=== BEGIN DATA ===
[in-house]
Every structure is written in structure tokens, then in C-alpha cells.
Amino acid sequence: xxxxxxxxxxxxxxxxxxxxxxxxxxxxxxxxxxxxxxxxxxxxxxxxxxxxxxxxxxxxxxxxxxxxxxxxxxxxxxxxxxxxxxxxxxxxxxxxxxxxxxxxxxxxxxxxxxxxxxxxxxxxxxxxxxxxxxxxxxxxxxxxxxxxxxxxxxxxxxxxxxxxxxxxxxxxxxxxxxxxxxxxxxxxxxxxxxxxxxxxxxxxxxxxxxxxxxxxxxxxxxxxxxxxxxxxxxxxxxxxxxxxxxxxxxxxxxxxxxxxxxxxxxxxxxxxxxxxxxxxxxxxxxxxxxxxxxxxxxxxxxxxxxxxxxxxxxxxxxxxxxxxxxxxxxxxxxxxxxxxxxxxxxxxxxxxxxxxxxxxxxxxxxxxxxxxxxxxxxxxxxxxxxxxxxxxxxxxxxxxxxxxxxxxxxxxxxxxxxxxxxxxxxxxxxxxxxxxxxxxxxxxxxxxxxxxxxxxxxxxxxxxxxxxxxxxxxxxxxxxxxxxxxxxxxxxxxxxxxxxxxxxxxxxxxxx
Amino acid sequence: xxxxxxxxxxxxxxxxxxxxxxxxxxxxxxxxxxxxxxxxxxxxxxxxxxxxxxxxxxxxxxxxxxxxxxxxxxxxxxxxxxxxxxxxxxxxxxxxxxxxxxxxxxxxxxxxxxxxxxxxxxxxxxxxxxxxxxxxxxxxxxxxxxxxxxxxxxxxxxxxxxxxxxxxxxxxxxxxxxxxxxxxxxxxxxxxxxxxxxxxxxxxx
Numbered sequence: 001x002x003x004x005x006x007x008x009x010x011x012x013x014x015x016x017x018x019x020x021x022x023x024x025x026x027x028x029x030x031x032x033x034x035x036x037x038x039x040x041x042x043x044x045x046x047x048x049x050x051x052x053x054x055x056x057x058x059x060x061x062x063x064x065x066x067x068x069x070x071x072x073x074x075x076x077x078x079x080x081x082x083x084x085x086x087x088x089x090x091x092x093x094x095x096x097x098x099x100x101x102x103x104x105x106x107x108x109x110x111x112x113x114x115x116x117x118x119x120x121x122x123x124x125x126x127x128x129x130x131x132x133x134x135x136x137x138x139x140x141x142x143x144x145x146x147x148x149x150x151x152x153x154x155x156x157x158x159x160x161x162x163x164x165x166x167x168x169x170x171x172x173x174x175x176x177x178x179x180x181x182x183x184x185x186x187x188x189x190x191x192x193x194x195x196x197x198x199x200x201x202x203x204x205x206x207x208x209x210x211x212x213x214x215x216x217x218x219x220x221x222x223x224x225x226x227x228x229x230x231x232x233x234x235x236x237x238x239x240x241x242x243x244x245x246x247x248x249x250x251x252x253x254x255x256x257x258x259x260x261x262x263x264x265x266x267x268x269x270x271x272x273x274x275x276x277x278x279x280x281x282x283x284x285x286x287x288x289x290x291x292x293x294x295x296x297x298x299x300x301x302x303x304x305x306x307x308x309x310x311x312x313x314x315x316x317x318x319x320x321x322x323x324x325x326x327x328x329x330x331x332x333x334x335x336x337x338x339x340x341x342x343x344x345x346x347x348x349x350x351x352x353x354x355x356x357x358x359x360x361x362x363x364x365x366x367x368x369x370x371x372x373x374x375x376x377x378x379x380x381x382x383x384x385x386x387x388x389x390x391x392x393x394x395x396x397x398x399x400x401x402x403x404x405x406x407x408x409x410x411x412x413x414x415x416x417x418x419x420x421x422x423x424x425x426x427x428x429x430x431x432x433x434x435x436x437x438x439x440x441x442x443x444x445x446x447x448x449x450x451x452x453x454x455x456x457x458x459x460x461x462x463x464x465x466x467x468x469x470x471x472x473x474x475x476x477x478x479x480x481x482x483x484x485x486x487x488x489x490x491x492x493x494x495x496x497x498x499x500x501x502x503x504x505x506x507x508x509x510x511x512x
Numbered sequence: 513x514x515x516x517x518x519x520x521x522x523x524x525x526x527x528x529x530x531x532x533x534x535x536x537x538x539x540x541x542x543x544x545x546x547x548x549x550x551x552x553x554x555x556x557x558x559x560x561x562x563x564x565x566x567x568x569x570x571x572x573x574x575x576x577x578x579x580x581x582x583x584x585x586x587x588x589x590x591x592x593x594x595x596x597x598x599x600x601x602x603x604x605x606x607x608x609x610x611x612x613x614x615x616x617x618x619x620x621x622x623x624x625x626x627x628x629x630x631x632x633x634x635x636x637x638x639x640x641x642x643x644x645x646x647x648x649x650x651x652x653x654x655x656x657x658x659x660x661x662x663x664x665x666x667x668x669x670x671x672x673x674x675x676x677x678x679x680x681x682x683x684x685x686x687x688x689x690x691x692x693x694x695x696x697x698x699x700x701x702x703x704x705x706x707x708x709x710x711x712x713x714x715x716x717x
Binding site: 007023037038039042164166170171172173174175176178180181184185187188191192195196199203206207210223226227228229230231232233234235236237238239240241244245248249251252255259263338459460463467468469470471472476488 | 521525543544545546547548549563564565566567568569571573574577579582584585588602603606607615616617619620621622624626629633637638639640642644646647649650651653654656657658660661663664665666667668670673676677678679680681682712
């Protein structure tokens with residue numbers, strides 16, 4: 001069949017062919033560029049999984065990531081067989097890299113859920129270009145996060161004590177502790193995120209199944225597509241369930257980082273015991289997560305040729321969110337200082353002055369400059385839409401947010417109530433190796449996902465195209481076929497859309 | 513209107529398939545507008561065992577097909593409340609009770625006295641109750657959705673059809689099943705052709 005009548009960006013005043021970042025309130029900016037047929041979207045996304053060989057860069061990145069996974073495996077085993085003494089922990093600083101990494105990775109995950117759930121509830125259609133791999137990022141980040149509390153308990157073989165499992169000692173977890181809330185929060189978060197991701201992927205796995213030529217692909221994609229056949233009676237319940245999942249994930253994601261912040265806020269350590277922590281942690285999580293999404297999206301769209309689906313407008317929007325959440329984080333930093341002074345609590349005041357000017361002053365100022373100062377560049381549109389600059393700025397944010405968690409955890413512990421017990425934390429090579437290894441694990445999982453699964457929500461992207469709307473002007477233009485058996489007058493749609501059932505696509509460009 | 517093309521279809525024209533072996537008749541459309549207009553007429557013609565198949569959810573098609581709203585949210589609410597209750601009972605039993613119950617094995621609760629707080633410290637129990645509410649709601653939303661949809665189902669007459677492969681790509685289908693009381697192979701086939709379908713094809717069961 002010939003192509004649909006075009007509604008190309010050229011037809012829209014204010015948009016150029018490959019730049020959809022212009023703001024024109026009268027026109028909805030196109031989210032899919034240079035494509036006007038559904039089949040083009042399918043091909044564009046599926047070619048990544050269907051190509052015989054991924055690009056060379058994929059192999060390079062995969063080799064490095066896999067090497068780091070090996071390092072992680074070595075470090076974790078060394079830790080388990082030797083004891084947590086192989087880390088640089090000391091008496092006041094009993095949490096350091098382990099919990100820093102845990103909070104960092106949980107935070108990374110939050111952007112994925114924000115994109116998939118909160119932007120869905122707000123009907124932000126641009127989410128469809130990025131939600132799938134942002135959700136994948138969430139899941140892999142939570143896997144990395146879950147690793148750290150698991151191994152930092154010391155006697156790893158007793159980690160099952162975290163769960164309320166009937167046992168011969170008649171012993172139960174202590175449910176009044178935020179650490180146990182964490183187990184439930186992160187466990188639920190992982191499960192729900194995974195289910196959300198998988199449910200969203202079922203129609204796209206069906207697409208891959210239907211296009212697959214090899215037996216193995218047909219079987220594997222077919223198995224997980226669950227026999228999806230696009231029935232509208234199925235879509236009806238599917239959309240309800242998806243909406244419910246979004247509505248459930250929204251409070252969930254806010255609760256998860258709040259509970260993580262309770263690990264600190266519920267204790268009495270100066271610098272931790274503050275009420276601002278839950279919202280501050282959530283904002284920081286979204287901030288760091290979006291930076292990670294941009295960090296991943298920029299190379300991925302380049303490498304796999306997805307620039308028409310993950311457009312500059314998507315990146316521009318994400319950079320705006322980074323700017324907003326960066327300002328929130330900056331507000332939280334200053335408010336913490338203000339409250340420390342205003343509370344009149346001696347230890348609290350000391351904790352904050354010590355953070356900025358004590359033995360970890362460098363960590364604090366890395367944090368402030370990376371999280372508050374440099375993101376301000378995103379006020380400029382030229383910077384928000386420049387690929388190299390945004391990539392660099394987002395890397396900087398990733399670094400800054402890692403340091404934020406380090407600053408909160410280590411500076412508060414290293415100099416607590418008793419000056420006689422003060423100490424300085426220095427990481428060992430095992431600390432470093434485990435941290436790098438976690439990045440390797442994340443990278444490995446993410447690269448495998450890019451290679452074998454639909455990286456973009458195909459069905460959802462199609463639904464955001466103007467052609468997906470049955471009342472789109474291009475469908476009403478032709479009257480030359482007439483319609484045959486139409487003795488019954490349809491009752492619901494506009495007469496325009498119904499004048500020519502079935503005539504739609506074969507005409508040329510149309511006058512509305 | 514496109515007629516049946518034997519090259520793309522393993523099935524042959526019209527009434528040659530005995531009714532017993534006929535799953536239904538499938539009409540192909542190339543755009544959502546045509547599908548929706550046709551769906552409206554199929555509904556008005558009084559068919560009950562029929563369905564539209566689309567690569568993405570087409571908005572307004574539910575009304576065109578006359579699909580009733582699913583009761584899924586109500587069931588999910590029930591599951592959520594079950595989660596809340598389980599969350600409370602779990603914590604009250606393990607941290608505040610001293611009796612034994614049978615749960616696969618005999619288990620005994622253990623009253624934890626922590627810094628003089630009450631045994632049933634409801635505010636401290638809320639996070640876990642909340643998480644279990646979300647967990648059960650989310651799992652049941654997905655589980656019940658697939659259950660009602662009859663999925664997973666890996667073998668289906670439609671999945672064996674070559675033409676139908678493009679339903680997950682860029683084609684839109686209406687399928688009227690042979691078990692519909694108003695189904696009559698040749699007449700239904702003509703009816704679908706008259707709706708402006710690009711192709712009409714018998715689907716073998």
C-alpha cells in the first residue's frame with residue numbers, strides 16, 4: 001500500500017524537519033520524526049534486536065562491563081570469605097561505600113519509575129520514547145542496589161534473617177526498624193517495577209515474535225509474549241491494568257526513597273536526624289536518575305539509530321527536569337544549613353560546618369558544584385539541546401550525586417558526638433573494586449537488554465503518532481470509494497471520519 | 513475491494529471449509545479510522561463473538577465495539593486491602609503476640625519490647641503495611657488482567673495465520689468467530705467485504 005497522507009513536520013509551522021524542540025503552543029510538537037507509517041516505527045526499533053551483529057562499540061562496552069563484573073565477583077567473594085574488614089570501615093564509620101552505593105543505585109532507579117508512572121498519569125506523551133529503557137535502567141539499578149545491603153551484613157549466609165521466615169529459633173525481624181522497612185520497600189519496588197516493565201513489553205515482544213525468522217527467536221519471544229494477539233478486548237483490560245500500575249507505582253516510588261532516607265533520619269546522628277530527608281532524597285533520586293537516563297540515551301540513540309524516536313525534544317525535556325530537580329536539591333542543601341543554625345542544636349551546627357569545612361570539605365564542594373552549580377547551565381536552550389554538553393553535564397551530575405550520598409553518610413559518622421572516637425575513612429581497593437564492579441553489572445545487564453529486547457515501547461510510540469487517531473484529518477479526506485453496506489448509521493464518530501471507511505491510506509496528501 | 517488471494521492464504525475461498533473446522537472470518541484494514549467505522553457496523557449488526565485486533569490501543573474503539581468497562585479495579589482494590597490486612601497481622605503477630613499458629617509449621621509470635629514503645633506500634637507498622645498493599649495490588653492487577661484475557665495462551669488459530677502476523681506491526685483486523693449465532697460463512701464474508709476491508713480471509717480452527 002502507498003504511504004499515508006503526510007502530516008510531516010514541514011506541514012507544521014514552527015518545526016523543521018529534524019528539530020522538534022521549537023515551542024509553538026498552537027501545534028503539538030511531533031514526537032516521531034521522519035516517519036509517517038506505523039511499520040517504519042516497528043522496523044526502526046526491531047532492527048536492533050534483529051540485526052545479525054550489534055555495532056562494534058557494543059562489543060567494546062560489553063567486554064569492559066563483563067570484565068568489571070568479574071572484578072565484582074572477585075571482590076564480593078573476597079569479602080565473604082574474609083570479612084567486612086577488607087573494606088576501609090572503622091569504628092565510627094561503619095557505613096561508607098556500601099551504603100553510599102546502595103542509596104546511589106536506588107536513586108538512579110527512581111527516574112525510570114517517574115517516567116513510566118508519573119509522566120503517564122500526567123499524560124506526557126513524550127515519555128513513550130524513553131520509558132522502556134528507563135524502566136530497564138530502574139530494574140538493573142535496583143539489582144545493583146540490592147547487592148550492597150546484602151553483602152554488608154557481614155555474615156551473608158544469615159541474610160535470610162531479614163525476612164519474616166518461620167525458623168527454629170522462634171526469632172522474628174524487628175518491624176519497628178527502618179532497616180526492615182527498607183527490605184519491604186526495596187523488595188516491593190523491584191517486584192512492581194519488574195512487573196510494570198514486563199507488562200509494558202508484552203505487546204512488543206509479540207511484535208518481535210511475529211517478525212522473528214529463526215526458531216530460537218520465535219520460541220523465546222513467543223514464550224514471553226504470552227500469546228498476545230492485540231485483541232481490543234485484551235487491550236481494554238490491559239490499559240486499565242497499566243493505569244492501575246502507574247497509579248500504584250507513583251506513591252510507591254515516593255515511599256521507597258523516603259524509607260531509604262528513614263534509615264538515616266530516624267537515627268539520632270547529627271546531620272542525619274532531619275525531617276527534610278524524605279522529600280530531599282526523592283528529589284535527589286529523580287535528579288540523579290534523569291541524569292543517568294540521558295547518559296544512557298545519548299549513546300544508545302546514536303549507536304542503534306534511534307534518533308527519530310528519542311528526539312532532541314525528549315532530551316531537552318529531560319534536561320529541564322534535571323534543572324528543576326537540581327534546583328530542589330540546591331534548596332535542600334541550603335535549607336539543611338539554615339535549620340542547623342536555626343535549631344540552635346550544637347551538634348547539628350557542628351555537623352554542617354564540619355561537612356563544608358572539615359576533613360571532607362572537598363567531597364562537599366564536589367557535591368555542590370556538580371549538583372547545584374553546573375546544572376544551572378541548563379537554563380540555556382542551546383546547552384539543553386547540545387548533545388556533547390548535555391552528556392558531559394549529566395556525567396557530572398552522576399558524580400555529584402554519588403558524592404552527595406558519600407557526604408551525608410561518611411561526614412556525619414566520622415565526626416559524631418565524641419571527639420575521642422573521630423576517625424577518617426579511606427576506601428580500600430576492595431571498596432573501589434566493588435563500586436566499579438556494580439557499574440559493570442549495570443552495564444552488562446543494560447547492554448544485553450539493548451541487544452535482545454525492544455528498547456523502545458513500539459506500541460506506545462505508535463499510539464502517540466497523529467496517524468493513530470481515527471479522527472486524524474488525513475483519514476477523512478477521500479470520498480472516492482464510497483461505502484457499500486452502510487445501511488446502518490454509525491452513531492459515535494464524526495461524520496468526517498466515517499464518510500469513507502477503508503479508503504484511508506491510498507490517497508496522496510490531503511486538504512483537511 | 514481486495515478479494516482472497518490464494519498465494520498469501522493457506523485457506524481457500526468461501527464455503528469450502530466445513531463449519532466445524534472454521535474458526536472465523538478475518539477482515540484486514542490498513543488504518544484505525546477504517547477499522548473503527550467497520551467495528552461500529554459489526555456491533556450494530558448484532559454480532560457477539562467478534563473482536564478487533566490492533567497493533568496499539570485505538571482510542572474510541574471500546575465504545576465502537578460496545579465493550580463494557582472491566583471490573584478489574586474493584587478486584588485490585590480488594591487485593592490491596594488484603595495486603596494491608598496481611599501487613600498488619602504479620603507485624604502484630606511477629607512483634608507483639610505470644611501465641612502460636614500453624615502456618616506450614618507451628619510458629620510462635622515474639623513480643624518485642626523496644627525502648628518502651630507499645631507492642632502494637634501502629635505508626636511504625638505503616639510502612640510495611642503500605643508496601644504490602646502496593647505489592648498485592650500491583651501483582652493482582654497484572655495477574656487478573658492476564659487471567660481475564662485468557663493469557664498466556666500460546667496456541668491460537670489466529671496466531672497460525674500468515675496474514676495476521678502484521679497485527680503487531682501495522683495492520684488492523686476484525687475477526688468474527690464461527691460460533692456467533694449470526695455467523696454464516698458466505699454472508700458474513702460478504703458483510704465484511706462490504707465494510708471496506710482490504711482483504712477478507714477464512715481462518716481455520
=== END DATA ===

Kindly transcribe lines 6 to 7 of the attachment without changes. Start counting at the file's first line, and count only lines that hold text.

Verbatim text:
Numbered sequence: 513x514x515x516x517x518x519x520x521x522x523x524x525x526x527x528x529x530x531x532x533x534x535x536x537x538x539x540x541x542x543x544x545x546x547x548x549x550x551x552x553x554x555x556x557x558x559x560x561x562x563x564x565x566x567x568x569x570x571x572x573x574x575x576x577x578x579x580x581x582x583x584x585x586x587x588x589x590x591x592x593x594x595x596x597x598x599x600x601x602x603x604x605x606x607x608x609x610x611x612x613x614x615x616x617x618x619x620x621x622x623x624x625x626x627x628x629x630x631x632x633x634x635x636x637x638x639x640x641x642x643x644x645x646x647x648x649x650x651x652x653x654x655x656x657x658x659x660x661x662x663x664x665x666x667x668x669x670x671x672x673x674x675x676x677x678x679x680x681x682x683x684x685x686x687x688x689x690x691x692x693x694x695x696x697x698x699x700x701x702x703x704x705x706x707x708x709x710x711x712x713x714x715x716x717x
Binding site: 007023037038039042164166170171172173174175176178180181184185187188191192195196199203206207210223226227228229230231232233234235236237238239240241244245248249251252255259263338459460463467468469470471472476488 | 521525543544545546547548549563564565566567568569571573574577579582584585588602603606607615616617619620621622624626629633637638639640642644646647649650651653654656657658660661663664665666667668670673676677678679680681682712